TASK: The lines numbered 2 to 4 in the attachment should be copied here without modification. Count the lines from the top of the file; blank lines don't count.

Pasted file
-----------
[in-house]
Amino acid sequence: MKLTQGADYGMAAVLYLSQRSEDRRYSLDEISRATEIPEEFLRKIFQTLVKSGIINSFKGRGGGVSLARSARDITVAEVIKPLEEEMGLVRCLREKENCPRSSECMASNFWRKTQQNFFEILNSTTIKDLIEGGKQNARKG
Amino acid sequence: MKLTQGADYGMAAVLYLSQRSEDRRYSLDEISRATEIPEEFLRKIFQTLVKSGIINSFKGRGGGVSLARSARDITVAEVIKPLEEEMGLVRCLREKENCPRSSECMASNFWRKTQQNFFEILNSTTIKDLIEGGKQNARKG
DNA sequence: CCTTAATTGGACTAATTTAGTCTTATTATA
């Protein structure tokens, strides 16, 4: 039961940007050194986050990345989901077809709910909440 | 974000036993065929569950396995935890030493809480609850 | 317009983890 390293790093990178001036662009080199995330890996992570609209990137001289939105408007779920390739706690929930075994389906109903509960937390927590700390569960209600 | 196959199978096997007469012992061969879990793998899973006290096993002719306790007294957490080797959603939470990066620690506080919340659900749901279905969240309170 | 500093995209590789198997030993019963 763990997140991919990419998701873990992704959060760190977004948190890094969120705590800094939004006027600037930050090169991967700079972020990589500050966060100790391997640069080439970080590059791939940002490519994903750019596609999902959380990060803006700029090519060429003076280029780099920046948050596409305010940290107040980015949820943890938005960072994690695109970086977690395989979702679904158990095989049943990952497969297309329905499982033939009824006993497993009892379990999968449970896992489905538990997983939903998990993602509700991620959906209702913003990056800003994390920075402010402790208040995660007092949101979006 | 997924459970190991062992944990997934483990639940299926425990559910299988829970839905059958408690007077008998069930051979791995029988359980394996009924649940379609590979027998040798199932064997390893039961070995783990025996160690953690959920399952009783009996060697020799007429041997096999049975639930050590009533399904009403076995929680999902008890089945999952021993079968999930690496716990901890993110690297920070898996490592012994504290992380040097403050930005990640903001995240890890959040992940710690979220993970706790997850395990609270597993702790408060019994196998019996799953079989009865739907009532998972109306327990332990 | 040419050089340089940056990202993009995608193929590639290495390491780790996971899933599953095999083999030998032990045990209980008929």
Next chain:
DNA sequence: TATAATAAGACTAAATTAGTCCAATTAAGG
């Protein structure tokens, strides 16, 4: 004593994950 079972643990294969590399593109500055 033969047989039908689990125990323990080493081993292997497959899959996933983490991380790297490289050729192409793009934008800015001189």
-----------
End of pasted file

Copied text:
Amino acid sequence: MKLTQGADYGMAAVLYLSQRSEDRRYSLDEISRATEIPEEFLRKIFQTLVKSGIINSFKGRGGGVSLARSARDITVAEVIKPLEEEMGLVRCLREKENCPRSSECMASNFWRKTQQNFFEILNSTTIKDLIEGGKQNARKG
Amino acid sequence: MKLTQGADYGMAAVLYLSQRSEDRRYSLDEISRATEIPEEFLRKIFQTLVKSGIINSFKGRGGGVSLARSARDITVAEVIKPLEEEMGLVRCLREKENCPRSSECMASNFWRKTQQNFFEILNSTTIKDLIEGGKQNARKG
DNA sequence: CCTTAATTGGACTAATTTAGTCTTATTATA